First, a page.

Breast



Breast


Louis P. Dehner, M.D.



The breast shares a similar sequence of developmental-morphologic events with the skin, salivary gland, tooth, kidney, and lung. There is an initial proliferation of surface epithelium that subsequently projects into the underlying mesenchyme. Molecular interaction between the epithelium and mesenchyme results in the branching of the epithelium that in the female breast gives rise to a network of ducts and terminal duct lobular units, which only develop with puberty. The first vestige of the breast is seen in the 4th week of gestation when small mounds of surface ectoderm form as placodes; these paired structures are found along a line from the anterior thorax into the inguinal region. The eventual number of mammary glands as functional structures varies among the mammalian species and correlates with number of offspring in the litter (1). During the 5th week of gestation, the placode in a cap of pseudostratified epithelium proliferates into the stroma where the epithelium and mesenchyme interact through an intricate series of subcellular programs (2). The mammary buds remain as solid structures until approximately the 10th week when branching is initiated and secondary buds are formed; this process of lengthening and branching continues throughout gestation (3). There is also narrowing of the neck of the bud with the transformation of the solid epithelial structures into structures with a central lumen during the 20th week of gestation; the latter structures are the lactiferous ducts, which are recognized by 32 weeks when they open to the surface of the skin. By 28 weeks, the two primary cell types of the ducts and acini have differentiated into a basal myoepithelial cell and luminal cell.

The mesenchyme is the other central component not just from the perspective of forming supporting structures like blood vessels, but it has an early inductive effect upon the overlying ectoderm during the phase of placode and bud formation via paracrine and endocrine receptors (4). The sprouting of the bud by parathyroid hormone-related peptide signaling and its receptor is a function of mesenchyme. The adipose tissue of the breast is a necessary component for the mediation of future growth also through signaling cascades (5). A complex molecular network is in place in both the stroma and epithelium to interpret and coordinate cytokines and growth factors including hormones and hormone receptors (6).

Several signaling pathways are involved in the earliest stages of placode and bud formation (2). These same pathways are activated in the regulation of development in virtually all organ systems; these pathways include hedgehog, Wnt/β-catenin, TGF-β, and FGG pathways (7,8,9).

A term male or female newborn often has subareolar nodules measuring 2 to 3 cm in greatest dimension (Figure 20-1). Galactorrhea may be noted as well. As placental-maternal hormones and prolactin from the infant decline in the first month, the epithelial proliferation ceases and the stroma regresses with the resolution of the nodules. Until the onset of puberty, the breast tissue remains in a resting or quiescent state in the absence of a functioning neoplasm of the adrenal cortex, ovary (juvenile granulosa cell tumor), testis (Leydig cell tumor), or pituitary (prolactinoma).

With puberty, the female breast with its rudimentary ductal network develops an extensive network of ducts through the mechanism of branching morphogenesis (10). There is penetration of the stroma where the process is continuously monitored and constrained through the various signaling pathways. Unlike the earlier stages of breast development, estrogen and insulin-like growth factor 1 (IGF1) are critical in the growth of breasts at puberty and with the formation of the terminal duct lobular unit (5,7,11). The inhibition of IGF1 by its binding protein results in apoptosis of ductal epithelial cells, whereas IGF1 facilitates the growth in the number of terminal end buds (7,12). Other molecular agents important in breast organogenesis and growth include growth hormone, TGF-α, TGF-β, tenascin-c, and collagen type IV (13).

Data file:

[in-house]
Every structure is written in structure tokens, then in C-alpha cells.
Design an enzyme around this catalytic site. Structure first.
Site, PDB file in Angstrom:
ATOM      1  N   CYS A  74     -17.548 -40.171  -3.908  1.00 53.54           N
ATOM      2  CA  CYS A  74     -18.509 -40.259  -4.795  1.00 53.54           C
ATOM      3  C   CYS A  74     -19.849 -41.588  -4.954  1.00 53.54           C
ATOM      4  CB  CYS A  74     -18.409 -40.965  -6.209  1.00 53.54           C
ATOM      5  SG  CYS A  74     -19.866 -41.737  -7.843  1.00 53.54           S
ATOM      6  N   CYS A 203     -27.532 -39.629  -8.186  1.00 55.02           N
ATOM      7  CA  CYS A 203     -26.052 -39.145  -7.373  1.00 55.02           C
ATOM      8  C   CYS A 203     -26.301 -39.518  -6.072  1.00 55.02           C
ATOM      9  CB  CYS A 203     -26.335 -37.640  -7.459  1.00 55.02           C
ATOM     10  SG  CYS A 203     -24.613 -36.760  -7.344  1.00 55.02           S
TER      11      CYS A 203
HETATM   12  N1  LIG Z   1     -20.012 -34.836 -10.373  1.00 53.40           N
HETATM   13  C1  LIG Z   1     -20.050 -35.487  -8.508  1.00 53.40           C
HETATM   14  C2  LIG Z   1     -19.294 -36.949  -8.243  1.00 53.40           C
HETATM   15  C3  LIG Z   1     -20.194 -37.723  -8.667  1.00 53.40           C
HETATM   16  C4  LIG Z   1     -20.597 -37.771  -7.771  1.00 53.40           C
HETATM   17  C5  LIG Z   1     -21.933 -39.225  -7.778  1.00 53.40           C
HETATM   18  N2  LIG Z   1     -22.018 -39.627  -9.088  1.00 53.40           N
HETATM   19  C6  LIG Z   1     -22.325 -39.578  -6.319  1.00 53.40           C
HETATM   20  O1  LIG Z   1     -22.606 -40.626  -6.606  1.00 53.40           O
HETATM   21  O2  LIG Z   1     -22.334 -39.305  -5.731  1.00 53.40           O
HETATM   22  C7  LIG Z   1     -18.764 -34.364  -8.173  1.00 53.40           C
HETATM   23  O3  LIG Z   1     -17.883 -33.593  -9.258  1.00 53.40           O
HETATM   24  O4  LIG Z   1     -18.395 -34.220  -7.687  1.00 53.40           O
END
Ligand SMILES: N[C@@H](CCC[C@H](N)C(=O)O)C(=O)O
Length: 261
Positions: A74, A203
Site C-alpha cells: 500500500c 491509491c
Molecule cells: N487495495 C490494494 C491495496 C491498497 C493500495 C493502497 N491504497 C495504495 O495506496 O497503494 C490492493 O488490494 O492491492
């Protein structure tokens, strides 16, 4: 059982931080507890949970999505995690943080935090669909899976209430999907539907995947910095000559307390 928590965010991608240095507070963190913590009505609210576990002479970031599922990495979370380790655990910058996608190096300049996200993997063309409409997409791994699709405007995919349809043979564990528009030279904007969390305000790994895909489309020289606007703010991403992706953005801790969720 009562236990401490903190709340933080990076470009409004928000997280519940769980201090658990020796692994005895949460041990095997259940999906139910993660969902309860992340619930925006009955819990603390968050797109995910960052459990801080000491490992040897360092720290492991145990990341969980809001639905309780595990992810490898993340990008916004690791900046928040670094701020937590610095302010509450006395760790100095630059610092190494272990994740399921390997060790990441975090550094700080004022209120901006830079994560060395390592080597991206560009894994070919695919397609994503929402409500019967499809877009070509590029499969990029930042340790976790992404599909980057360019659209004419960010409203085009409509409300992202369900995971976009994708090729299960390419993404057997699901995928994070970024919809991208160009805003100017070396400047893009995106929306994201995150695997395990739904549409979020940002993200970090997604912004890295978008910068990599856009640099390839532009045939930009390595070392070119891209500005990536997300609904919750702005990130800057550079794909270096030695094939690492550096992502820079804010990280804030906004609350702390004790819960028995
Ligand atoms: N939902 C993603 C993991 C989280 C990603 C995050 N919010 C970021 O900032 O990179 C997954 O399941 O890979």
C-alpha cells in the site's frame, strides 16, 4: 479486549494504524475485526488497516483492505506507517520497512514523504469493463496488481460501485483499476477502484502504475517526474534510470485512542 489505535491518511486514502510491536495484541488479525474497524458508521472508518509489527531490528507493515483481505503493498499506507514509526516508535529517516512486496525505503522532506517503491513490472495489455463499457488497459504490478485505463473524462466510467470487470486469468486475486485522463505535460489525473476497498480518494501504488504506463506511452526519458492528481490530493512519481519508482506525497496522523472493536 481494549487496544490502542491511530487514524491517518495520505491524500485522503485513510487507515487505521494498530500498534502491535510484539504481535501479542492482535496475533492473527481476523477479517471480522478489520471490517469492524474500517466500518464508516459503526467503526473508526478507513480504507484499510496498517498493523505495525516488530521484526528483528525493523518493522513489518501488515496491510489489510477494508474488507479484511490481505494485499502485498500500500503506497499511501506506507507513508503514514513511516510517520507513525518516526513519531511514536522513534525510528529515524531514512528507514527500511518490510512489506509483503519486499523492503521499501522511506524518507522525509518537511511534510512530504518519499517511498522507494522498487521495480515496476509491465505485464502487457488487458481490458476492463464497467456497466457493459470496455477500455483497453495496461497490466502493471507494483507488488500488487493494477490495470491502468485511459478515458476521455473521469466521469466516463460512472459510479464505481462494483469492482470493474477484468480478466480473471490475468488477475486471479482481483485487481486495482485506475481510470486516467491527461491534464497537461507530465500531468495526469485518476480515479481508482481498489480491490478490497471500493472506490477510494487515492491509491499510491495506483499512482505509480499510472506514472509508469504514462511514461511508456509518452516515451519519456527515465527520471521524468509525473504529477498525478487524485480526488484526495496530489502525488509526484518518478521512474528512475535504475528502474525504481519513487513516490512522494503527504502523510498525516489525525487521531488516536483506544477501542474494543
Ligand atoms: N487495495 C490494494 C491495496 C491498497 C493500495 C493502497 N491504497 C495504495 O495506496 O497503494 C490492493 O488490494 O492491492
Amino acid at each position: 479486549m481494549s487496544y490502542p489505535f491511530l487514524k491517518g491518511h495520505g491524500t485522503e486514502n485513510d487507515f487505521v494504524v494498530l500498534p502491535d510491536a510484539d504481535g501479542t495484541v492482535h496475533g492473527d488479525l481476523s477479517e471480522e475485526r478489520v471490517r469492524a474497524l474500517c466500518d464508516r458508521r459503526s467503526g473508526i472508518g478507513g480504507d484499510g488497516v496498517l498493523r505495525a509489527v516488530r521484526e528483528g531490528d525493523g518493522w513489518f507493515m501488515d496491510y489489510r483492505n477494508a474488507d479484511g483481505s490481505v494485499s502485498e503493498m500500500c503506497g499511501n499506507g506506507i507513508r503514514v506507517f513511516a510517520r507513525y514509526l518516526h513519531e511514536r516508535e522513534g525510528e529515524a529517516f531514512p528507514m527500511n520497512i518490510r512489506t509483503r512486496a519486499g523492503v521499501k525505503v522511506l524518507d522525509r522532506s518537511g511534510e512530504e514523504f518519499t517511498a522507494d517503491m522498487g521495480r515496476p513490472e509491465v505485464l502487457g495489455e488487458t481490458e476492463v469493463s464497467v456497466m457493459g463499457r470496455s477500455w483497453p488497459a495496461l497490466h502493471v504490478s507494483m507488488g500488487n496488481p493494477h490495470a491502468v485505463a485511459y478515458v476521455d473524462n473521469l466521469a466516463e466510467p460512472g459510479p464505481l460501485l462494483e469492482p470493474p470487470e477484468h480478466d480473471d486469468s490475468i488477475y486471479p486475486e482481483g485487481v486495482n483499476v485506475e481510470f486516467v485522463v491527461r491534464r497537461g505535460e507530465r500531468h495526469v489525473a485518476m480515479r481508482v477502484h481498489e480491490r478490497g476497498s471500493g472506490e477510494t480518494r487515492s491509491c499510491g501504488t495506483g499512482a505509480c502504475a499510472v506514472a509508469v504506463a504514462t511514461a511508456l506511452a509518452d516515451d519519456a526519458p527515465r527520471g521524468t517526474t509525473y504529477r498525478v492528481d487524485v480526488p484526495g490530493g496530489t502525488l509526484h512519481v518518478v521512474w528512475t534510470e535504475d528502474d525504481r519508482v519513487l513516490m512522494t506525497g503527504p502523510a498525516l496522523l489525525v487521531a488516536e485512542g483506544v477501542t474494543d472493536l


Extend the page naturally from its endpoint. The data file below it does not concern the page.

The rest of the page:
Morphologic events at thelarche with progressive growth of the breast through its five Tanner stages involve the network of ducts as they branch and form acinar-lobular units from the terminal ducts (11,14). Fibrous stroma and adipose tissue constitute 25% or more of the total breast volume. There is progressive proliferation and condensation of fibrous stroma around the ducts, a process initially recognized in the embryo-fetal stage of breast development (11,15).







FIGURE 20-1 • Neonatal breast tissue forms a subareolar nodule composed of small ducts with epithelial proliferative features. A resemblance to gynecomastia is not surprising given that changes are driven by maternal-placental hormones in the one and endogenous hormones in the other.


CONGENITAL ANOMALIES

Abnormalities in breast development may or may not be accompanied by defects in the chest wall. There are several categories of breast anomalies based upon complete absence or reduction in the breast volume (amastia or hypoplasia to varying degrees) that may be unilateral or bilateral, defects in the nipple and/or areolar complex (polythelia or athelia), accessory breast tissue in the axillary tail or vulva, and abnormal shape and anomalies in the chest wall. If one reviews the development of the normal breast, it is possible to associate the particular abnormality with a perturbation in one of the sequence of events in normal mammary gland embryology. Several reviews were found helpful for those with a particular interest in this topic (15,16,17,18,19).


Congenital Absence of the Breast

Absence of the breast is defined as total absence of breast parenchyma or amastia, which includes both the nippleareolar complex and underlying mammary tissue (amastia), and absence of the nipple (athelia) and mammary gland tissue (amazia) (16). Although most cases are sporadic and may be unilateral or bilateral, there are several syndromic associations, of which the Poland syndrome may be the most familiar (16,20,21). These children have aplasia/hypoplasia of the pectoralis major and minor muscles, and the nipple and breast tissue are absent (22). Yet another syndrome is characterized by congenital choanal atresia and bilateral amastia (23). Scalp-ear-nipple syndrome (Finlay-Marks syndrome), an ectodermal dysplasia-like disorder, has a missense mutation in the KCTDI gene (24). Athelia and/or amastia is present in these children, which would be anticipated in a gene that is involved in ectodermal development. Meier-Gorlin syndrome with mutations in ORC1, ORC4, ORC6, CDT1, and CDC6 genes is accompanied by amazia in 100% of cases (25,26). The topic of bilateral congenital amazia has been thoroughly reviewed elsewhere (27).